After you know how to create an invoice, you have to learn how to create different types of invoices for the different types of industries you will be billing. Don’t worry, it’s easier than you might think. Let’s take a look at some of the different types of invoices from several different industries and how to create an invoice for your activity or industry.
There are several different industries in this world, including education, retail, agriculture, manufacturing, real estate, finance, healthcare, and transporting, among several others. These industries will all have different needs when it comes to their billing systems. If you are invoicing to one, or more, of them you will have to meet those needs via the invoice in order to get paid properly.
Invoice types: different invoices for different industry needs
A standard invoice, which includes all of the basic information – including contact information, invoice number and date, a detailed list of services completed or products purchased, subtotal, fees and taxes, and a total amount owed – works for basic sales and basic needs, and works for several industries including retail, agriculture, wholesale, among many others. This is the invoice we imagine when people speak about invoices.
But a commercial invoice, for example, is a little bit different. Businesses use commercial invoices for documentation of any foreign trade, such as products being shipped overseas. The commercial invoice is used for customs declaration when the shipment crosses an international border. A commercial invoice includes the names and addresses of both parties involved, the items that are being sold, the cost of the items, the amount of tax payable, the carrier identification number, the country of origin, the code for each item, proof that the invoice is authentic, and the signature in charge of the transaction.
Then, there is the timesheet invoice. Professionals whose work is measured by the hours, or amount of time worked usually send timesheet invoices. For example, consultants, therapists, lawyers or teachers usually use timesheet invoices. More generally, any profession that requires intellectual work more than technical work use timesheet invoice. These invoices usually mention the amount of time instead of the number of products.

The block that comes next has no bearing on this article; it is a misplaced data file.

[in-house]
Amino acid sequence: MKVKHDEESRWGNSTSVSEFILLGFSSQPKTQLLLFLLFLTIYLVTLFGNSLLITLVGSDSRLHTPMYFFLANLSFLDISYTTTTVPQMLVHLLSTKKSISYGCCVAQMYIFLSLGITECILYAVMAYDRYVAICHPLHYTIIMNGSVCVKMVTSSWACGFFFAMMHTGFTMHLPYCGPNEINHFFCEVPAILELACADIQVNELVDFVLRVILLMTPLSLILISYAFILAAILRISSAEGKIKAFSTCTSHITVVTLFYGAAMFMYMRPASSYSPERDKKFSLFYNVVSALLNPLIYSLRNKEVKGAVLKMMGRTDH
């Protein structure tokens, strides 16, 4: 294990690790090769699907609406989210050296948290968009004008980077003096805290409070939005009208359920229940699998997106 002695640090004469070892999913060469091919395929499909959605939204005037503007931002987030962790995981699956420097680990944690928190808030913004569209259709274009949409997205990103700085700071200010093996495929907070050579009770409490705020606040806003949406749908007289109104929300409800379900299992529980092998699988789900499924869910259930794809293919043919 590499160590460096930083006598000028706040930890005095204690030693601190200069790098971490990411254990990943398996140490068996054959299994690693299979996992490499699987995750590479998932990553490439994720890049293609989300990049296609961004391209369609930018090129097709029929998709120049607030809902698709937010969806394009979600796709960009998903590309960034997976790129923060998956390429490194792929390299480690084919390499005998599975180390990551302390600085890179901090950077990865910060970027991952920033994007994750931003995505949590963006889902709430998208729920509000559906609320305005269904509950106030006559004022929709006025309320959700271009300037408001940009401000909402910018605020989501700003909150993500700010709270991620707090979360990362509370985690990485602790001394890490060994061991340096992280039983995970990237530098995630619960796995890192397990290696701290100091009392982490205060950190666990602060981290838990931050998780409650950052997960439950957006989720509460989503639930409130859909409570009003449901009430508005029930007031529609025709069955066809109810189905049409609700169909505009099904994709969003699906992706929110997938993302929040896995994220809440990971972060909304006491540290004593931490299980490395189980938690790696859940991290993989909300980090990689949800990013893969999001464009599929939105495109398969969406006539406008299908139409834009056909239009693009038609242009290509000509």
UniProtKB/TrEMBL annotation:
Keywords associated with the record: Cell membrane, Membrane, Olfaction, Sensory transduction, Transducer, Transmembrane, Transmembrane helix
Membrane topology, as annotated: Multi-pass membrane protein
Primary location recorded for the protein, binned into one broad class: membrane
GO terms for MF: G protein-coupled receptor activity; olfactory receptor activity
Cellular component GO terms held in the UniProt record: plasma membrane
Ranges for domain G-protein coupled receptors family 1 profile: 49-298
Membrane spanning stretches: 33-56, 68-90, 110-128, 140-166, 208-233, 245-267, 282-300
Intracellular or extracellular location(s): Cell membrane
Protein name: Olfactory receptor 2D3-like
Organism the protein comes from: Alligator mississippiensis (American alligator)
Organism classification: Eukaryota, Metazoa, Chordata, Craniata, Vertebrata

Next is a utility invoice, and this is what we all receive and refer to as the electric bill, the telephone bill, or anything similar. Utility invoices often reflect the billing period, and clearly outline when the money is due, and the late fee if it is not paid by a certain date.
Invoices related to the status or progress of the project
Next is a progress invoice. The progress invoice is used in works that stretch over a long period of time; mostly in the construction industry. Contractors will send progress invoices from time to time that show the progress of the project, along with the amount required to be paid to them because they must pay the employees, and cover any expenses in order for the project to continue.
Then, there is a pending invoice, which shows a pending payment; the outstanding amount is presented in the pending invoice. The procedure continues until the client makes a full payment.
Different ways to bill your work or product
The next type is value-based billing, which is based on the services provided to the client, instead of the time taken to complete the project. Value-based invoicing is more client-based, and the fee is determined prior to the work being performed.
There is also fixed-bid billing, which is best suited for projects with well-defined requirements, as it is easier to determine the cost on these types of jobs. This type of invoice is often beneficial for freelancing or small businesses.
And last, but not least, there is time-based billing. Time-based billing is based on a charge per hour, and works best for creative jobs.
Now that we’ve covered invoices for different industries, let’s have a look at invoices for your industry.
More information on creating an invoice for specific businesses
Invoice for services
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